5 Labor Day Weekend Pool Parties in Phoenix and Scottsdale

Categories: Events

maya-day-and-nightclub-scottsdale-labor-day-weekend-pool-parties.jpg
Benjamin Leatherman
A trio of pool partiers at Maya Day & Nightclub earlier this summer.
The dog days of summertime officially come to an end a few days from now, which certainly is reason enough to celebrate. Here's another: It's also Labor Day weekend, and that means around 72 hours of work-free bliss, if you're fortunate enough to have all three days off.

Your friends who happen to have pools will probably be putting on some sort of shindig, but those backyard bashes likely can't compare to the sort of swim celebrations that are scheduled to occur at a few hotels and other places in Scottsdale and Phoenix from Saturday, August 30, to Monday, September 1.

See also: 10 Best Pools in Metro Phoenix

For instance, Jungle Juice will get you good and drunk, but it ain't as stylish as a finely crafted cocktail, especially when enjoyed while reclining on a daybed and soaking up swank sounds like at any of the five Labor Day pool parties.

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Benjamin Leatherman
Pool partiers at Talking Stick Resort.

Talking Stick Resort

A three-day holiday usually means back-to-back-to-back pool parties at Talking Stick, and this Labor Day Weekend is certainly no exception. It will be wall-to-wall revelry from Saturday, August 30, to Monday, September 1, at the North Scottsdale resort, either in both of its pools, at the outdoor bar, or inside any of the VIP cabanas offering shade and bottle service.

DJs are scheduled to perform each day, giveaways are planned, and $5 drinks specials will be available on Sunday. Gates open at 11 a.m. and admission is free for ladies, $10 for guys.

Location Info

Map

W Hotel Scottsdale

7277 E. Camelback Road, Scottsdale, AZ

Category: General

The Saguaro

4000 N. Drinkwater Blvd., Scottsdale, AZ

Category: General

Lustre Rooftop Garden

2 E. Jefferson St., Phoenix, AZ

Category: Music

Talking Stick Resort

9800 E. Indian Bend Road, Scottsdale, AZ

Category: General

Maya Day and Nightclub

7333 E. Indian Plaza, Scottsdale, AZ

Category: Music


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6 comments
Dat Ho
Dat Ho

Duong Quang here you go.

ben038
ben038

If you're looking for something more relaxing, where you can enjoy your day with friends and family without screaming over each other, check out The Clarendon Hotel and Spa.  We never have pool parties or DJs, and instead offer a relaxing weekend by the pool with affordable food and drinks from Gallo Blanco Cafe.  We think a day at the pool should be chill and relaxing and enjoyable, not crazy and stressed out so that you're ready to enjoy the evening.  Plus, watch out for over-crowded pools, a human can sweat more than 1 quart of sweat per hour in a pool, meaning that just 200 people in another hotel's pool will excrete 50 gallons of sweat per hour... imagine taking a giant oil barrel filled with sweat and just dumping it into a pool every hour... we don't want to subject you to that, because I don't think any pool filtration system can keep up with that quantity of excretions of bodily fluids.  Enjoy healthier waters at The Clarendon!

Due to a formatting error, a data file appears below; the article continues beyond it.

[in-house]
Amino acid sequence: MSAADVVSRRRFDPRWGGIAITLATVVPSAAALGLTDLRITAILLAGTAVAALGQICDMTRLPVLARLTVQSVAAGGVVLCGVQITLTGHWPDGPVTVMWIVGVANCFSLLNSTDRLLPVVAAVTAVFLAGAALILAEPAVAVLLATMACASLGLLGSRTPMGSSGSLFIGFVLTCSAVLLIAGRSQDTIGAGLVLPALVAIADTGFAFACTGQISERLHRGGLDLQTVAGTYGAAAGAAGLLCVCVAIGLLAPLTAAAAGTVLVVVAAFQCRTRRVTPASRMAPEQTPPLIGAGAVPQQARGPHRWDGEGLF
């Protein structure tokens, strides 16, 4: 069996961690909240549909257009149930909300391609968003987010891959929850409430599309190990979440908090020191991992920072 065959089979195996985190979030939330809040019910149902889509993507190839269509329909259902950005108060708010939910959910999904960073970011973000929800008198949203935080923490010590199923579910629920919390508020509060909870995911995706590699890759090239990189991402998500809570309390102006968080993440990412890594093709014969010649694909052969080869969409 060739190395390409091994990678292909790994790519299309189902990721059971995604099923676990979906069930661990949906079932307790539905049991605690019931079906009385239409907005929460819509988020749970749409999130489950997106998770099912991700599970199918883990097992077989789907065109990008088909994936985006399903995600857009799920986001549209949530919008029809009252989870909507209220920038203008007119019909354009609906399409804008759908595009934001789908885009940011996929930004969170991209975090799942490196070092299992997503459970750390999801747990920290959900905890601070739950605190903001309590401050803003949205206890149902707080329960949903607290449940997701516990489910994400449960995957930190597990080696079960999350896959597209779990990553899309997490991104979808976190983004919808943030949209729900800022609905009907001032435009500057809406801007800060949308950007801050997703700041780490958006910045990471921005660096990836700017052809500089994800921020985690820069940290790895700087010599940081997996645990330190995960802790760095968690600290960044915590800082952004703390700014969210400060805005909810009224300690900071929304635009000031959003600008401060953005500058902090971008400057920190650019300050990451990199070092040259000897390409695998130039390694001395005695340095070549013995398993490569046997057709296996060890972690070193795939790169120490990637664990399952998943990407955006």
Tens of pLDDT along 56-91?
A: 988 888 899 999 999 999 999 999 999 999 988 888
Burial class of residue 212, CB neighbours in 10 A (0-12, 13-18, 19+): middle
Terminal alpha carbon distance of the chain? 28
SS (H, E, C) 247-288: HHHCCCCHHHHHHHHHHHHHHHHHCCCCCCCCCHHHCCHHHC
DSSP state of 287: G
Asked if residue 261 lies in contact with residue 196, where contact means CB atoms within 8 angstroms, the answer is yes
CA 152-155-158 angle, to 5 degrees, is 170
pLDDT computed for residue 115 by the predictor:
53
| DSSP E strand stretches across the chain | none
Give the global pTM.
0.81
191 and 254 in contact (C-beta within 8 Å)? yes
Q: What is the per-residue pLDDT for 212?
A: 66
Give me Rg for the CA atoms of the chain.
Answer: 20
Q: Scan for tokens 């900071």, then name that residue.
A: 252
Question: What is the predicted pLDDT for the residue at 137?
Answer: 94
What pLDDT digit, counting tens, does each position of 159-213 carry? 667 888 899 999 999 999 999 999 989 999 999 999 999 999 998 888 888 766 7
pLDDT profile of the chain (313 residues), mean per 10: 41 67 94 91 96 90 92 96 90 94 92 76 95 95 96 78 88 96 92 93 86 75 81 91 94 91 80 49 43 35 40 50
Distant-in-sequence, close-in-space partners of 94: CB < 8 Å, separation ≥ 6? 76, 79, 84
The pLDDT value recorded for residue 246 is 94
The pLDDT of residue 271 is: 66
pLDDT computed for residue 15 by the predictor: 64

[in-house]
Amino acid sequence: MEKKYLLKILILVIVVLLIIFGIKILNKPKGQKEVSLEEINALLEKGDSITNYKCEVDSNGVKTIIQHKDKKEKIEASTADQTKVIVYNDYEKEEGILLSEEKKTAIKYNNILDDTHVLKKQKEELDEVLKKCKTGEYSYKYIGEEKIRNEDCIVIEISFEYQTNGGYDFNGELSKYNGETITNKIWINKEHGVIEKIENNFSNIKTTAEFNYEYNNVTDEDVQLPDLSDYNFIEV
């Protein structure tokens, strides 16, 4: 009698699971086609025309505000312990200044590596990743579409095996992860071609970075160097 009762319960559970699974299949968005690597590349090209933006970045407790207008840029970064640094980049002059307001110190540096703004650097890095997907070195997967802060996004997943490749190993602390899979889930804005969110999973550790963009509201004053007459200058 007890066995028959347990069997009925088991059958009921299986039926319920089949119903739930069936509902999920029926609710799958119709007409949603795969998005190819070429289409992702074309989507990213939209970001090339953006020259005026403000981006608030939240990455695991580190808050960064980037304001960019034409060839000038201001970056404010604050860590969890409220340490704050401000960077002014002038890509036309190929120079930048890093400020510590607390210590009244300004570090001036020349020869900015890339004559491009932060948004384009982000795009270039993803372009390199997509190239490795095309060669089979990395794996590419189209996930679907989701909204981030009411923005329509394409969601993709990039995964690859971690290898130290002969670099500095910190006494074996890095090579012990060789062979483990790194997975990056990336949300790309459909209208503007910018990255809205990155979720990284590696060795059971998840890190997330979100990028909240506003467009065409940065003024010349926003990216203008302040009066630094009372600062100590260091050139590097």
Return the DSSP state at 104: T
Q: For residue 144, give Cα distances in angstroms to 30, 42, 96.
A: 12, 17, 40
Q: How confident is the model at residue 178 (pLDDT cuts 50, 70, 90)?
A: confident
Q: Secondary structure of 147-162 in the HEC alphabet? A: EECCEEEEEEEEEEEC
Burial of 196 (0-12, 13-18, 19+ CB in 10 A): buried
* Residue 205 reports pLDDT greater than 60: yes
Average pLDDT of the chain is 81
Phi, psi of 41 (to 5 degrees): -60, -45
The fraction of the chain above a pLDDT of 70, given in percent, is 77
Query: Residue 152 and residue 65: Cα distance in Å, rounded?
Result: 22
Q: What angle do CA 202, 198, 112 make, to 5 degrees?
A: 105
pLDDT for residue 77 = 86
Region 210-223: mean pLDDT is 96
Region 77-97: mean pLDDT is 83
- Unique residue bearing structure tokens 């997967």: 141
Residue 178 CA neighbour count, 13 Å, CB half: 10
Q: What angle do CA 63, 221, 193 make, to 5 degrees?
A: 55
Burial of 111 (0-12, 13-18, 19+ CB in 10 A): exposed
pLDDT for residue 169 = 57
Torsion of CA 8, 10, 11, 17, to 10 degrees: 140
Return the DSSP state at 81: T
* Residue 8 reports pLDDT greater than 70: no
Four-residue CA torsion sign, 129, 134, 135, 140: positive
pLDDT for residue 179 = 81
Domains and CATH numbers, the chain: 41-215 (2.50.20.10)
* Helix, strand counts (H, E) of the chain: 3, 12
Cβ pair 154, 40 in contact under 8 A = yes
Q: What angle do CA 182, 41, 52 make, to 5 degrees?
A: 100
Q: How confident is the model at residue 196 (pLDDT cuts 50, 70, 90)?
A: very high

fishingblues
fishingblues topcommenter

@ben038


Well ben, what a ridiculously stupid way to advertise.  


Perhaps your new slogan could be "WE'RE ALL WET - NO SWEAT".

ben038
ben038

@fishingblues @ben038 Thanks!  I should have cited this instead to be a bit more factual than gross... the lesson is really to avoid over-crowded pools.  This article states an average of 950ml (exactly a quart) per swimmer per hour, but this doesn't take really hot climates into consideration, where I've been told that it's actually closer to 2 quarts of sweat per hour per swimmer... 


Pollution from bathers 
Any substance associated with the human body may be introduced to pool water by bathers. There are, broadly, three categories – tissues, excretions and dirt.

The main culprits are sweat, urine, mucus from the nose and chest, saliva, hair and scales from the skin, and faecal matter. These are pollutants in themselves, and most contain microorganisms (bacteria and viruses). To give a crude idea of the scale of human pollution, each day an adult produces a litre of sweat, 1 billion skin flakes and 38g of grease.

Urination, some involuntary, certainly does happen in swimming pools. Research has suggested that perhaps 30ml of urine is released per bather on average. That's about 200mg of urea. And most bathers will lose significant amounts of sweat in the exercise of swimming – particularly in the higher temperature pool water that has become common). An average of 950ml of sweat per swimmer per hour has been suggested – another 250mg of urea.

This is a good reason for discouraging access from a sauna or gym directly to the main pool: a shower or a plunge pool should be interposed. The reaction between disinfectant and the breakdown products of urea in sweat and urine is the main cause of high combined chlorine residuals (chloramines) in the water, which contribute to eye and skin irritation. Some of these chlorinous compounds pass into the air, producing irritant gas in the atmosphere above the pool. This can affect bathers, poolside staff and other people near the pool (eg spectators). 
Clearly, dirt of all sorts normally collects on the body before bathing. Open­air pools pose a particular problem as dust, leaves, grass, soil, bird droppings, insects, etc can contaminate pool water directly, as well as via swimmers. Cosmetic materials such as powders, creams, lotions, tanning products and oils are a rich source of pollutants, many of them imposing a significant burden on the water treatment system. 

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